Christ Church 3 rd Year: Magnetic Resonance. Reading. Topics

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1 Christ Church 3 rd Year: Magnetic Resonance Reading The following sources are recommended for this tutorial: Nuclear Magnetic Resonance by P. J. Hore (Oxford Chemistry Primers). This text contains the basics that you need to know. It s packed with useful marginal notes, correlates closely with the lecture course and might well be a source for exam questions. NMR Spectroscopy by H. Günther provides a more in-depth treatment of many topics. NMR: The Toolkit by P. J. Hore, J. Jones and S Wimperis provides a logical extension to actually calculating quantites of interest in magnetic resonance. Spin Dynamics: Basics of Nuclear Magnetic Resonance by M. H. Levitt is another useful extension to actual calculations. Finally, for the interpretative aspects of NMR (and especially for practice with inorganic NMR nearer to Part IB), I recommend Modern NMR Spectroscopy: A Workbook of Chemical Problems by Sanders, Constable, Hunter and Pearce. This workbook accompanies another textbook on NMR by Sanders and Hunter. You may also find material from the following lecture courses useful: Dr C Timmel (MT 3rd year), Dr T D W Claridge & Dr N J Oldham (MT 3rd year), Dr R G Denning & Prof A J Downs (HT 3rd year) and Dr L J Smith (HT 2nd year). Topics Please cover the following topics in your reading, making notes as appropriate. The physics of magnetic resonance: the magnetic moment, the spin quantum number, the gyromagnetic ratio, space quantization, the resonance condition, the vector model, populations and bulk magnetization. Nuclei suitable for use in NMR, isotopomers and enrichment. Selection rules, chemical shift, the origin of shielding, diamagnetic and paramagnetic shielding, neighbouring group anisotropy, ring current effects, electronic effects, intermolecular interactions. Spin-Spin Coupling, energy level considerations, labeling of spin systems. Energy levels, labelling and splittings in AMX systems, AX 2 systems, AX 3 systems, AX n systems. Coupling to spins with I > 1 2, limits of the simple splitting rules, magnetic equivalence, the origin of the roof effect, strong coupling effects, discussion of Fermi contact interaction and dipole-dipole interactions. Experimental methods: continuous wave and pulsed NMR, introduction of Free Induction Decay (FID) and Fourier Transformation for simple FIDs. The rotating frame, linear and circularly polarized fields, NMR as a coherence phenomenon. Spin relaxation, spin lattice and spin-spin relaxation, the rotational correlation time and the spectral density function, spin relaxation and the vector model, measurement of relaxation times, linewidths, the inversion recovery experiment, the spin echo experiment. Quadrupolar coupling and relaxation. Chemical Exchange, symmetrical exchange, slow and fast exchange limits (quantitatively), intermediate exchange, unsymmetrical two-site exchange.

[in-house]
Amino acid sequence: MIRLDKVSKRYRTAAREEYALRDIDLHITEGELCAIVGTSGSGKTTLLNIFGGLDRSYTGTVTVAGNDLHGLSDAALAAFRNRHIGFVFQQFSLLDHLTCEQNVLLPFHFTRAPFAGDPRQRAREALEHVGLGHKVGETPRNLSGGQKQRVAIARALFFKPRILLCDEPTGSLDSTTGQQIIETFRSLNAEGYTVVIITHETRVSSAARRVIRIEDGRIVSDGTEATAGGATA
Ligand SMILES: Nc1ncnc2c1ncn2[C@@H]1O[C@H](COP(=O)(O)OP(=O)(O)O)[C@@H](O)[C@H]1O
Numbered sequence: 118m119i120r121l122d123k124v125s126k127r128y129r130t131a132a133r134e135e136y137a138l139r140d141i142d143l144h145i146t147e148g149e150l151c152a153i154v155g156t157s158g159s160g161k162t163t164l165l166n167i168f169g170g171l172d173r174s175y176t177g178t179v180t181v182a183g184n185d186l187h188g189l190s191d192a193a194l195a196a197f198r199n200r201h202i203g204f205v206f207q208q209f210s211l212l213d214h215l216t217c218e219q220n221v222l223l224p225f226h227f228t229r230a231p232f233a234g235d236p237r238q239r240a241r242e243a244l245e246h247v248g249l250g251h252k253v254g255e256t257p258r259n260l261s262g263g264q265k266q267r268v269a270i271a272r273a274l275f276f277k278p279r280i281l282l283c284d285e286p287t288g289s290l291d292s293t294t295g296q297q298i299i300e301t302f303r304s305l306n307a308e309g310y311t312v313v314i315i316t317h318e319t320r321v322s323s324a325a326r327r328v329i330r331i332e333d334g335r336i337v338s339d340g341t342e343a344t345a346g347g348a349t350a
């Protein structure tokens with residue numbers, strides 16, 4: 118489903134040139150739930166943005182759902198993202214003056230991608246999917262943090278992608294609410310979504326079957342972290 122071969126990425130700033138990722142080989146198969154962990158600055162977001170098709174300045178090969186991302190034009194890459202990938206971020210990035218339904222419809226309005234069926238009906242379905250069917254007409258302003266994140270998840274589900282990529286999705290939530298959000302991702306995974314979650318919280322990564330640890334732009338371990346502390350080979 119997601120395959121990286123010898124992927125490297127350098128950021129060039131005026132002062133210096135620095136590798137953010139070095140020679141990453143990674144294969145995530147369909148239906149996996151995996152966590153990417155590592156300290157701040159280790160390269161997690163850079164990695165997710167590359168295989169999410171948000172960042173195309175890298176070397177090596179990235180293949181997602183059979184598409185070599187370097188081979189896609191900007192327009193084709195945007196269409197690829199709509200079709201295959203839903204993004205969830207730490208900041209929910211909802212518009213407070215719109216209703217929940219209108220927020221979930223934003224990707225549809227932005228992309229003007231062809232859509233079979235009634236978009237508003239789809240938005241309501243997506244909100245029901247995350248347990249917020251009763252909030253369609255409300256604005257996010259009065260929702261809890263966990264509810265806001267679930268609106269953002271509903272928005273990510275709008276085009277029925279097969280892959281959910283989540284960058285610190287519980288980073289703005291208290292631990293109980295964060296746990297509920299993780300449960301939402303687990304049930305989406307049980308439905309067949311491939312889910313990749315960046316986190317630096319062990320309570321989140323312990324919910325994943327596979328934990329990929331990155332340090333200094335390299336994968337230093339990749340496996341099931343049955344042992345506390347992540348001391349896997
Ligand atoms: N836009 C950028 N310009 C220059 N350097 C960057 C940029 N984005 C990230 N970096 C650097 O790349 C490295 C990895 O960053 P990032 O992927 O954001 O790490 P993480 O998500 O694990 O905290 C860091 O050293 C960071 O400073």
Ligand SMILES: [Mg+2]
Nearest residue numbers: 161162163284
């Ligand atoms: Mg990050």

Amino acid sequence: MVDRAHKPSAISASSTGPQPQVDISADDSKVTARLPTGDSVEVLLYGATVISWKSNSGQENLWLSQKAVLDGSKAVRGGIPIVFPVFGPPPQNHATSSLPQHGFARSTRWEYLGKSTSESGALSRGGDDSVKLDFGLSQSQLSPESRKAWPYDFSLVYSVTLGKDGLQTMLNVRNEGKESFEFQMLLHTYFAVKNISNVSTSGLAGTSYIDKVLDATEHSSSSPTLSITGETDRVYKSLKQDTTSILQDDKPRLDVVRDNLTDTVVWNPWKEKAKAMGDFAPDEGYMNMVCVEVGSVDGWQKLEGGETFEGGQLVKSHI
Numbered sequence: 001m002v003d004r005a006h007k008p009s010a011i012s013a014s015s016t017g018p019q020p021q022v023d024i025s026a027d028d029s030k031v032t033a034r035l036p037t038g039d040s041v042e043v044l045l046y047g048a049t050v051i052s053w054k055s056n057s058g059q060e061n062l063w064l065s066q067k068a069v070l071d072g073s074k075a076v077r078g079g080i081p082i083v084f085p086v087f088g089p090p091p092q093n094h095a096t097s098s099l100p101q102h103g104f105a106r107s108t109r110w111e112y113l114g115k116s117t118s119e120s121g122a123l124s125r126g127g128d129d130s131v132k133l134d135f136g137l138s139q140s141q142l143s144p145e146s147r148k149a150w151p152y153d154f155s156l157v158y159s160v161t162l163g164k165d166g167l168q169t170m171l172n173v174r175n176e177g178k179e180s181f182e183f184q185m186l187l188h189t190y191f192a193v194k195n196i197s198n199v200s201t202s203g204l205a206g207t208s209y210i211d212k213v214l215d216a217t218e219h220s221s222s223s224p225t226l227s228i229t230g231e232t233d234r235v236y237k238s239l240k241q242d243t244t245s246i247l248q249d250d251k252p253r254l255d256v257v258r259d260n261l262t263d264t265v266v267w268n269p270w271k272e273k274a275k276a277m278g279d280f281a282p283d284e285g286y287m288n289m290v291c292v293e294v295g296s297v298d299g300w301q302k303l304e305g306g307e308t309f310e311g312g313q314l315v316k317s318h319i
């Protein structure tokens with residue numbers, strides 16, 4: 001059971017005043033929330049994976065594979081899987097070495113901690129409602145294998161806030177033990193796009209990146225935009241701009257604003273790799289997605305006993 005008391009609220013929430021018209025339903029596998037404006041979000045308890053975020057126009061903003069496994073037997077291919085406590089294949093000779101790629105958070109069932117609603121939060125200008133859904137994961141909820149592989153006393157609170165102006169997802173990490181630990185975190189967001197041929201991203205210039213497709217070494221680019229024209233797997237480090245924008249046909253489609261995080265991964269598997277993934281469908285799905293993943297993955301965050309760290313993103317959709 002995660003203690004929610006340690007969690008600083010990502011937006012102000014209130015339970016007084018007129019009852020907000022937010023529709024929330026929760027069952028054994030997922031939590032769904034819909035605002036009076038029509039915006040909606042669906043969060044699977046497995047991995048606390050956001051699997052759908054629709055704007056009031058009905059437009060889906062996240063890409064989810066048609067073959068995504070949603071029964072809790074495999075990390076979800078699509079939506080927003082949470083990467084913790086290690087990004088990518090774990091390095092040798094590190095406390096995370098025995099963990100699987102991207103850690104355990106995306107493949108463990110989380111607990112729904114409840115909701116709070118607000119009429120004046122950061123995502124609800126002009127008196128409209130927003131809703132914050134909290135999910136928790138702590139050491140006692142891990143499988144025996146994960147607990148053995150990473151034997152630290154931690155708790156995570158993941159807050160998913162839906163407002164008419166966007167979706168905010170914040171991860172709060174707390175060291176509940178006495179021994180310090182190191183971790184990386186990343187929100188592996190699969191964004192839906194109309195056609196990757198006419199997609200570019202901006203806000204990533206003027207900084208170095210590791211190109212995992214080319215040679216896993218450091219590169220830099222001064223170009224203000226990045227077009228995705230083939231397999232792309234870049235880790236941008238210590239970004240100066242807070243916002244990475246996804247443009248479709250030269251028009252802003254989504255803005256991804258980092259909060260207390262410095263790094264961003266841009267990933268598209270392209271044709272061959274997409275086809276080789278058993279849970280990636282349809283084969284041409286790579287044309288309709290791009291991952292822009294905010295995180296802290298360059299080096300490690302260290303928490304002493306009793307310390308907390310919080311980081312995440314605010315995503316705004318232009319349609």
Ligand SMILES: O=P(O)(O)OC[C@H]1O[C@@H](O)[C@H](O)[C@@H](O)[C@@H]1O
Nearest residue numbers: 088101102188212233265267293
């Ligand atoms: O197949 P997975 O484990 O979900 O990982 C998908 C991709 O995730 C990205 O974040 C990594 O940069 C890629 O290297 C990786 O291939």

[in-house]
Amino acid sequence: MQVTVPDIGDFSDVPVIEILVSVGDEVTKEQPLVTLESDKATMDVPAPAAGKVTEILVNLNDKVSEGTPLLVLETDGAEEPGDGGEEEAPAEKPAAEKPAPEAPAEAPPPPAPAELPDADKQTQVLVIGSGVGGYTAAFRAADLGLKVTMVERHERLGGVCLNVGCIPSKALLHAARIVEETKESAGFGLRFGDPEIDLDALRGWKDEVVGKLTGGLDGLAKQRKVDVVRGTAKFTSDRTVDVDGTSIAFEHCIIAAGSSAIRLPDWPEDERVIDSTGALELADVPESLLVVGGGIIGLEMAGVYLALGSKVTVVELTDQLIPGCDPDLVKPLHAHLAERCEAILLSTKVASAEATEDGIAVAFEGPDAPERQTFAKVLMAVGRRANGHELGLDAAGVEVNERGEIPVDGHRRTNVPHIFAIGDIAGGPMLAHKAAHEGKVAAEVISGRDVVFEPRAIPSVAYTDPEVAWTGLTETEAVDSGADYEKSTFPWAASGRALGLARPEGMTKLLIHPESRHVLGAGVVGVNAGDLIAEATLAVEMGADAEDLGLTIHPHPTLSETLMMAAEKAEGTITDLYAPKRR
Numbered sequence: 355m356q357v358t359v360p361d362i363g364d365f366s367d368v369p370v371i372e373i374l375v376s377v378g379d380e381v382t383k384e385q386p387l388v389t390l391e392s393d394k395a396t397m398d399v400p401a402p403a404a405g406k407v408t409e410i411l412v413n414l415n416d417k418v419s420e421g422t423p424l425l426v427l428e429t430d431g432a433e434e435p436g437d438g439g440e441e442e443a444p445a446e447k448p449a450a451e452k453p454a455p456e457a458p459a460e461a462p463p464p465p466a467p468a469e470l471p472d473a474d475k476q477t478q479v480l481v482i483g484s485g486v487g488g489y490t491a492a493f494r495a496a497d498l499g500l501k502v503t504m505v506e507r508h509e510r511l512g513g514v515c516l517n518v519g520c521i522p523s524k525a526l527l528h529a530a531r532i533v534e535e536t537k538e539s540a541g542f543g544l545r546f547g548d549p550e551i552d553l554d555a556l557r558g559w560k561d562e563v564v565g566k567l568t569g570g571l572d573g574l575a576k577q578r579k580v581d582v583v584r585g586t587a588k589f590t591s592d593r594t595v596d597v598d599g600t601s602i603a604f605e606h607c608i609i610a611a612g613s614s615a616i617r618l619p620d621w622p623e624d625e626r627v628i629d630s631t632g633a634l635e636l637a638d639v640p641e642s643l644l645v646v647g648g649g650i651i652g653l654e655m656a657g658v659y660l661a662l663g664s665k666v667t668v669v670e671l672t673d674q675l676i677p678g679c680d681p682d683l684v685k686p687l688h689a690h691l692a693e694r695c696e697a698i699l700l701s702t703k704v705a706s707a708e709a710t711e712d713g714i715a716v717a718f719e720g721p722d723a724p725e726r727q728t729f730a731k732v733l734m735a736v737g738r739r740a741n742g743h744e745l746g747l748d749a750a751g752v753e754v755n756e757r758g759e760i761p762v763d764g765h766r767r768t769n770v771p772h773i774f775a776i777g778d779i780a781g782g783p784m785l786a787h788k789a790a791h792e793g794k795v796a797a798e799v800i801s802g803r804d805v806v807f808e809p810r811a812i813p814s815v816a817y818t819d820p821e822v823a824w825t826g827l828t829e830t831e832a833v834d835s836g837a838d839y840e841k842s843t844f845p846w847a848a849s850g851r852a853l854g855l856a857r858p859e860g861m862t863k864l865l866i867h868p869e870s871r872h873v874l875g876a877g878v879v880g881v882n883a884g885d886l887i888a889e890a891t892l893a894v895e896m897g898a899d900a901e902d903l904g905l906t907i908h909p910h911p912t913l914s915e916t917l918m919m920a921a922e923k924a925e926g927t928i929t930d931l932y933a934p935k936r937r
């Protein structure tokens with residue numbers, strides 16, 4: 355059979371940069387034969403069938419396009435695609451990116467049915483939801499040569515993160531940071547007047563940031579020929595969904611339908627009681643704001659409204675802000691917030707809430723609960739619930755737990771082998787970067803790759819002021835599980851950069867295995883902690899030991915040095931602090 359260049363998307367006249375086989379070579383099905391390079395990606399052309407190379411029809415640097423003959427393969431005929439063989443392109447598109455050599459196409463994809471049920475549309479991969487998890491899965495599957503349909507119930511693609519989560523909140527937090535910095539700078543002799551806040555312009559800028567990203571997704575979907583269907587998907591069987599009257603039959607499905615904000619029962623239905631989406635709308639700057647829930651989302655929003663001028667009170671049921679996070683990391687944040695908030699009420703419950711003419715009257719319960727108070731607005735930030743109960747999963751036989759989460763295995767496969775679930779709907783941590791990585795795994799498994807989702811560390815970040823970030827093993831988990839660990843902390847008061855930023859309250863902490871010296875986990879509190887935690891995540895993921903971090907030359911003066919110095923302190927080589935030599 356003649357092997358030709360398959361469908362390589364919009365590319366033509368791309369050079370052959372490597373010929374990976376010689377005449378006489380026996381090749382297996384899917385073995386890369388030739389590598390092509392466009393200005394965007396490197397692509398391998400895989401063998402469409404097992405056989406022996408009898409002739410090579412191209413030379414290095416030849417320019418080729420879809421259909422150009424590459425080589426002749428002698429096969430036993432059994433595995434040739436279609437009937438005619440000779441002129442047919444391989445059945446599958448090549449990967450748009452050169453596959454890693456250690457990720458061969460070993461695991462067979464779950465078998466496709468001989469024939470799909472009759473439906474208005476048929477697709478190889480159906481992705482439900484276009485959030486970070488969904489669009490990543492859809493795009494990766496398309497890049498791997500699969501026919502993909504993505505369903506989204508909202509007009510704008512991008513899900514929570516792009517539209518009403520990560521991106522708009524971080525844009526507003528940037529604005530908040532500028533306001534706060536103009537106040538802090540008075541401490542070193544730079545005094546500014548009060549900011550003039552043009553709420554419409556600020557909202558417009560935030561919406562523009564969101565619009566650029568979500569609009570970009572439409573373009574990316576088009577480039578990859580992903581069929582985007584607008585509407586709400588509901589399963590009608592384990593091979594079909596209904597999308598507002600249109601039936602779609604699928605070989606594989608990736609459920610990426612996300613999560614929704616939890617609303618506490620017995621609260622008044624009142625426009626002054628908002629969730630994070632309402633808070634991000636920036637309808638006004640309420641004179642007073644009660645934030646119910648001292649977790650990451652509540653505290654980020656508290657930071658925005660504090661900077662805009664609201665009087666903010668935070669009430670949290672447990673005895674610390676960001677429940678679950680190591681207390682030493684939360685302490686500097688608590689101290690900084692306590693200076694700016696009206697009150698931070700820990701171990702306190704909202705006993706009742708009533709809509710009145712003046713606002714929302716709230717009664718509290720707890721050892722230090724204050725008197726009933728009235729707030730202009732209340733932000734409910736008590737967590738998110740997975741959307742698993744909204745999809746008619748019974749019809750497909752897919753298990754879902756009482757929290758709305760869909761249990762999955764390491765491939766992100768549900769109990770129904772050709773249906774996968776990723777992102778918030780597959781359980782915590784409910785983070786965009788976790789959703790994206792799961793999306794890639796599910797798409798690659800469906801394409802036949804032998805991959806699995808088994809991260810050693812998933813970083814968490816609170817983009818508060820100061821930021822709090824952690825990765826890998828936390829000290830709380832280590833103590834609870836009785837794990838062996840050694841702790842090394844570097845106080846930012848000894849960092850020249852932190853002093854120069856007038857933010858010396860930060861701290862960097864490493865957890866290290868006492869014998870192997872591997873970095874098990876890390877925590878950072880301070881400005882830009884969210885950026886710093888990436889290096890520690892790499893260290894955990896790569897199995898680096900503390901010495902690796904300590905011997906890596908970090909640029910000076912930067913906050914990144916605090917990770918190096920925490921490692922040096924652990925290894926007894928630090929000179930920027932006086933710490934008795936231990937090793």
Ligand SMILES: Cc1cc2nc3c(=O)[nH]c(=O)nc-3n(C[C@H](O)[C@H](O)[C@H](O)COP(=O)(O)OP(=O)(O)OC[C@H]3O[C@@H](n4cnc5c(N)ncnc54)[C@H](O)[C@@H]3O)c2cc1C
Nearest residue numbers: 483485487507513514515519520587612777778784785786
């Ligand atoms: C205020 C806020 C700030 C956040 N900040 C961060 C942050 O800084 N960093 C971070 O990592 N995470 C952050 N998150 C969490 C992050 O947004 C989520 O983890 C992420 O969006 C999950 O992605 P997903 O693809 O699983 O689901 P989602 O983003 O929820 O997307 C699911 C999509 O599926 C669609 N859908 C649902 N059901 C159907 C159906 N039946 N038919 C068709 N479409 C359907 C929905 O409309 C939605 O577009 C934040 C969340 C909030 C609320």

2 Briefly, two-dimensional NMR: Correlated Spectroscopy (COSY), Exchange Spectroscopy (EXSY) and Nuclear Overhauser Spectroscopy (NOESY). EPR: comparison with NMR, g-values, hyperfine couplings, derivative spectra. Use of hyperfine couplings to probe molecular orbitals via spin densities. Questions Please submit a complete set of answers to following problems. Answers should be sent to me via the R pigeon hole in the PTCL by 2pm Wednesday 10/Nov/ The most powerful NMR spectrometers currently available operate at a Larmor frequency of 900 MHz for protons. (i) How does the energy of one quantum at 900 MHz compare with kt at 298 K? (ii) What are the relative populations of the proton energy levels? (iii) What is the Larmor frequency of 2 H on this spectrometer? (Gyromagnetic ratios, γ: 1 H = T 1 s 1, 2 H = T 1 s 1 ) O has spin magnetic quantum number I = 5 2. Compute the magnitude of the spin angular momentum of this spin and hence draw a diagram illustrating the spin quantization of this spin- 5 2 nucleus (indicating clearly the angles of precession). 3. (i) Is it possible to obtain EPR spectra with NMR equipment? (ii) Assuming g = , what magnetic field would be required to observe EPR in a 400 MHz NMR spectrometer? 4. In Oxford, the Earth s magnetic field strength is approximately 47 mt; in Kursk (Russia) it reaches 190 mt. What will be the Larmor frequency of protons in the Earth s field in the two places? Why is NMR in the Earth s field of limited use, even in Kursk? 5. An NMR spectrometer operating at 100 MHz was used to record the proton spectrum of acetaldehyde, CH 3 CHO. The frequency difference between the resonances of the methyl and the aldehydic protons was 760 Hz. (i) What is the chemical shift difference in parts per million (ppm) between the two resonances? The 1 H spectrum of the same molecule was recorded on another spectrometer which used a magnetic field of T. On this new spectrometer, what is: (ii) the frequency difference in Hz? (iii) the chemical shift difference in ppm, between the two resonances? The splitting of the methyl proton doublet in the MHz spectrum is 2.9 Hz. (iv) What will be the values of the spin-spin coupling constant on the T spectrometer?